CPU. This process is pipelined such that the CPU prepares the next projections and convolutions
while the GPU calculates the probabilities for all maps and for the previous projection and
convolution. Hence this is a horizontal parallelization layer among the maps with an additional
vertical layer through the pipeline. Usage of GPUs must be enabled with the GPU=1 environment
variable. One BioEM process will always only use one GPU, by default the fastest one. A GPU
device can be explicitly configured with the GPUDEVICE=[x] environment variable. Multiple GPUs
can be used through MPI. In this case every GPU will process all maps but calculate the
probabilities only for a subset of the orientations (see description of MPI above). Selection
of GPU devices for each MPI processed must be carried out by:
* Either the scheduler must mask all GPUs but one, such that the MPI processes sees only 1
GPU device.
* Or the GPUDEVICE=[x] environment variable must be set differently for each MPI process.
* Or it is possible to set GPUDEVICE=-1. In this case the MPI process with rank N on a system
with G GPUs will take the GPU with ID (N % G).
- GPU / CPU combined processing: Besides the pipeline approach described in the previous point,
which employs the CPU for creating the convoluted projection maps and the GPU for calculating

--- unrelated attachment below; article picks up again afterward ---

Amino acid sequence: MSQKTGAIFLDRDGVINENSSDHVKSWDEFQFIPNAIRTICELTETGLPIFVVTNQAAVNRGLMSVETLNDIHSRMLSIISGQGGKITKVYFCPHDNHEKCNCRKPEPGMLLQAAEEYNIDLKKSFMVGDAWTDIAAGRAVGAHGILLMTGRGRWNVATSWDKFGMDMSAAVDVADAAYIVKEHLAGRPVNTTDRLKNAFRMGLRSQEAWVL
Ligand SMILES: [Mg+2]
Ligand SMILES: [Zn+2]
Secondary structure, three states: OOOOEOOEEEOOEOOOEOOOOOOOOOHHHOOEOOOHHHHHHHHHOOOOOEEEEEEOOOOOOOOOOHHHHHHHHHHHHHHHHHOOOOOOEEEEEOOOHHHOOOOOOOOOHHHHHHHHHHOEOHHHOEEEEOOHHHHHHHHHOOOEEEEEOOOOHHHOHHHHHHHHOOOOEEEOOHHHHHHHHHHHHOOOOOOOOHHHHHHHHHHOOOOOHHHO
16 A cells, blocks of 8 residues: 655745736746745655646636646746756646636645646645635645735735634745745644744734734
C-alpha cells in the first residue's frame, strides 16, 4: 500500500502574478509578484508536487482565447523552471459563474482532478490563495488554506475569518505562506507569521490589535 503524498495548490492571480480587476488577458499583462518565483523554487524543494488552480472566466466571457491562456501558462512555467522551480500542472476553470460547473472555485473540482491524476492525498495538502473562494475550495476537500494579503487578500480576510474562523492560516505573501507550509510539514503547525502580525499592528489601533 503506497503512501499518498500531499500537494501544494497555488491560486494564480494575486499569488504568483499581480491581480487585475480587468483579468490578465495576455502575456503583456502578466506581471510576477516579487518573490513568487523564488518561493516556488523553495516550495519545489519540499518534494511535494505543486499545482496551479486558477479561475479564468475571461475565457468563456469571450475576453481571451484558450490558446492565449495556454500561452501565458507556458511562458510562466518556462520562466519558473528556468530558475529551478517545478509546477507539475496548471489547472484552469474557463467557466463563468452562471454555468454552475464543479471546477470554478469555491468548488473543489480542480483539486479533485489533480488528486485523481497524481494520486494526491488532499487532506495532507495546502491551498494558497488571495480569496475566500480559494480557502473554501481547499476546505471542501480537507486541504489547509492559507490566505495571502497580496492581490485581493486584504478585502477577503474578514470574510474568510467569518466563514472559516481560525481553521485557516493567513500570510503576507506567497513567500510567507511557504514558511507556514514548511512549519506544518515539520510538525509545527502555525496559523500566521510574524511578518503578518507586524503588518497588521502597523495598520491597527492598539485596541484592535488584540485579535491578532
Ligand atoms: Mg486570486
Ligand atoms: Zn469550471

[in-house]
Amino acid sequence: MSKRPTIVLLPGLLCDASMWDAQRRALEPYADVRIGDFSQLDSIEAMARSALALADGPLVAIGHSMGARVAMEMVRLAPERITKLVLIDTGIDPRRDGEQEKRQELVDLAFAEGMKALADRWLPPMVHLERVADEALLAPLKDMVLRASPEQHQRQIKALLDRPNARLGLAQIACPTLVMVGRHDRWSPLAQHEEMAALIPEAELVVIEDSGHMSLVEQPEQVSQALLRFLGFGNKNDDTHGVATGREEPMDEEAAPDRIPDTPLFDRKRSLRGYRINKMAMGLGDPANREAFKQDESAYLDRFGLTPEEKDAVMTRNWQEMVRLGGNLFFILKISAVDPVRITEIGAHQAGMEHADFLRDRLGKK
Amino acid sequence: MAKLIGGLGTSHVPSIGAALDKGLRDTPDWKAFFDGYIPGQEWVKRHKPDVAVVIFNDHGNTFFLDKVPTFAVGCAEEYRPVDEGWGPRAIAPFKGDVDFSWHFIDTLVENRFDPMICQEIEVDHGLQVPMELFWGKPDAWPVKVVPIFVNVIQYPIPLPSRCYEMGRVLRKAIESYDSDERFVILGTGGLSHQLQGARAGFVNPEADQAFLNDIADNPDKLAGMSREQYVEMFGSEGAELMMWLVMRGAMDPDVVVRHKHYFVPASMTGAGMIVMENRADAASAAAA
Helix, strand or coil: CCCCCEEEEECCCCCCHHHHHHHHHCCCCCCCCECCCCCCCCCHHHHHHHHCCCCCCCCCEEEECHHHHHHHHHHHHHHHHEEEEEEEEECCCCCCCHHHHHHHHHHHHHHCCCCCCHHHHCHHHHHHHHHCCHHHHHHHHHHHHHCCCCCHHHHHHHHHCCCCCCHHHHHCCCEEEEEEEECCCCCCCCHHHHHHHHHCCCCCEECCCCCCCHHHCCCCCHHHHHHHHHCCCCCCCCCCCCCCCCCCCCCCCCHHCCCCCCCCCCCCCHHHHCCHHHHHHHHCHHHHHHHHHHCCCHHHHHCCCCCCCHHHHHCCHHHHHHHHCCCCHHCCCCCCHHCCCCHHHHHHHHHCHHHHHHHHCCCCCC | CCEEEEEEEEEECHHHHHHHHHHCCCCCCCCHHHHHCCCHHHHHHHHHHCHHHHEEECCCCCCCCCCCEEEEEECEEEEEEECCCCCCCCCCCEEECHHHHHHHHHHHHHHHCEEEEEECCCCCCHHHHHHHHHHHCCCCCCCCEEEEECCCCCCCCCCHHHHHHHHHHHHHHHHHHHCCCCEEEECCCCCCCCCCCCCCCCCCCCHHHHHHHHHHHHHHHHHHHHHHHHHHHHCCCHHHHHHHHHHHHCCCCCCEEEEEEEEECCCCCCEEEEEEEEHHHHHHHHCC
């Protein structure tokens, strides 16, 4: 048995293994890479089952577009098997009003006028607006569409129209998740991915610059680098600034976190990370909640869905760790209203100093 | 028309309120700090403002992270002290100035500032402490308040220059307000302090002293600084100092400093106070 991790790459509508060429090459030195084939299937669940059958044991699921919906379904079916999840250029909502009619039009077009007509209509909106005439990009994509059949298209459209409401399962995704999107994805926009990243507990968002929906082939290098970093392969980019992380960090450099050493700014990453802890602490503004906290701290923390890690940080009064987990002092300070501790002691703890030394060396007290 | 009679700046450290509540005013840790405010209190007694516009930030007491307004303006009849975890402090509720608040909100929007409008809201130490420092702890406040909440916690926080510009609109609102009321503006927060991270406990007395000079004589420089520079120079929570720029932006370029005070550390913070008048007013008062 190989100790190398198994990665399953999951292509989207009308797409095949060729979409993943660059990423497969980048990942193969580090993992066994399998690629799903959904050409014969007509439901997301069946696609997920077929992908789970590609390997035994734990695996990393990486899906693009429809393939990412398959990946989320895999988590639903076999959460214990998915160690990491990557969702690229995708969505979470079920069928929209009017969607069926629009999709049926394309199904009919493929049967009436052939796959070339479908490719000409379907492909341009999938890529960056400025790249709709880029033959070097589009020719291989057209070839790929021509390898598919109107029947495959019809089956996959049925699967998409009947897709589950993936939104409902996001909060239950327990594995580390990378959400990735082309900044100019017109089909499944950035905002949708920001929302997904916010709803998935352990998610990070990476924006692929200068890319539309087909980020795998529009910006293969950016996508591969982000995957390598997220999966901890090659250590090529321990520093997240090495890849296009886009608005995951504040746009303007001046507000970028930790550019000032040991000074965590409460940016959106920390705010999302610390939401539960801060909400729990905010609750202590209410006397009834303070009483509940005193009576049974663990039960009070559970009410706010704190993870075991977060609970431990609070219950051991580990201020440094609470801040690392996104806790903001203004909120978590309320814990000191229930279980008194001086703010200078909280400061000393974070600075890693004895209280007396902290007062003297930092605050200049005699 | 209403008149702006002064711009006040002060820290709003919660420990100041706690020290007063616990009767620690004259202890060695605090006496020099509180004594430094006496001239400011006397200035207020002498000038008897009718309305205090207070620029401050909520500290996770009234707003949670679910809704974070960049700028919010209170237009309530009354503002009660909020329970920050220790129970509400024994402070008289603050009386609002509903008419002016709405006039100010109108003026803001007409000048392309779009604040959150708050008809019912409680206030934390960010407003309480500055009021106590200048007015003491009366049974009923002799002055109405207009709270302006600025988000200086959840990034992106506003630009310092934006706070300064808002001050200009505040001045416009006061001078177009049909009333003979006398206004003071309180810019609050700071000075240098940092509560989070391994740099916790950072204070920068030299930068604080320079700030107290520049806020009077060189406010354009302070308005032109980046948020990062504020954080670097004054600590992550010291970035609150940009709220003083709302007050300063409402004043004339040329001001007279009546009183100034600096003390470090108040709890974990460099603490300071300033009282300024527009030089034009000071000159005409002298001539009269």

the probabilies for every combination with a map, there is also the possibility to split the
set of maps among the CPU and the GPU. This is facilitated by the GPUWORKLOAD=[x] environment
variable, which sets the percentage of the number of maps processed by the GPU to x%. The
pipeline is still used, i.e. in an optimal situation the CPU will:
* Issue a GPU kernel call such that the GPU calculates the probabilities for x% of the maps
for the current orientation and convolution.
* Process its own fraction of (100-x)% of the maps for the current orientation and convolution
in parallel to the GPU.
* Afterward, finish the preparation of the next orientation and convolution before the GPU has
finished calculating the probabilities for the current orientation and convolution.
- Multiple Projections at once via OpenMP: BioEM can prepare the projection of multiple
orientations at once using OpenMP. The benefit compared to the pure OpenMP parallelization over
the maps is however tiny. This is relevant if: MPI is not used, OpenMP is used and usually if
no GPU is used, and if the number of reference maps is small. The number of projections at once
is determined by the BIOEM_PROJECTIONS_AT_ONCE=[x] environment variable.
- Fourier-algorithm to process all shifts in parallel: BioEM can operate using two algorithms:
A Fourier-algorithm and a non-Fourier-algorithm. Besides numberical effects, both produce
identical results assuming certain boundary conditions. The Fourier-algorithm automatically
takes all shifts into account without having to loop over the shifts. Hence, its runtime is
almost independent from the number of shifts. The non-Fourier-algorithms is faster for very
few shifts. Benchmarks have shown, that the Fourier-algorithm is faster if the number of shifts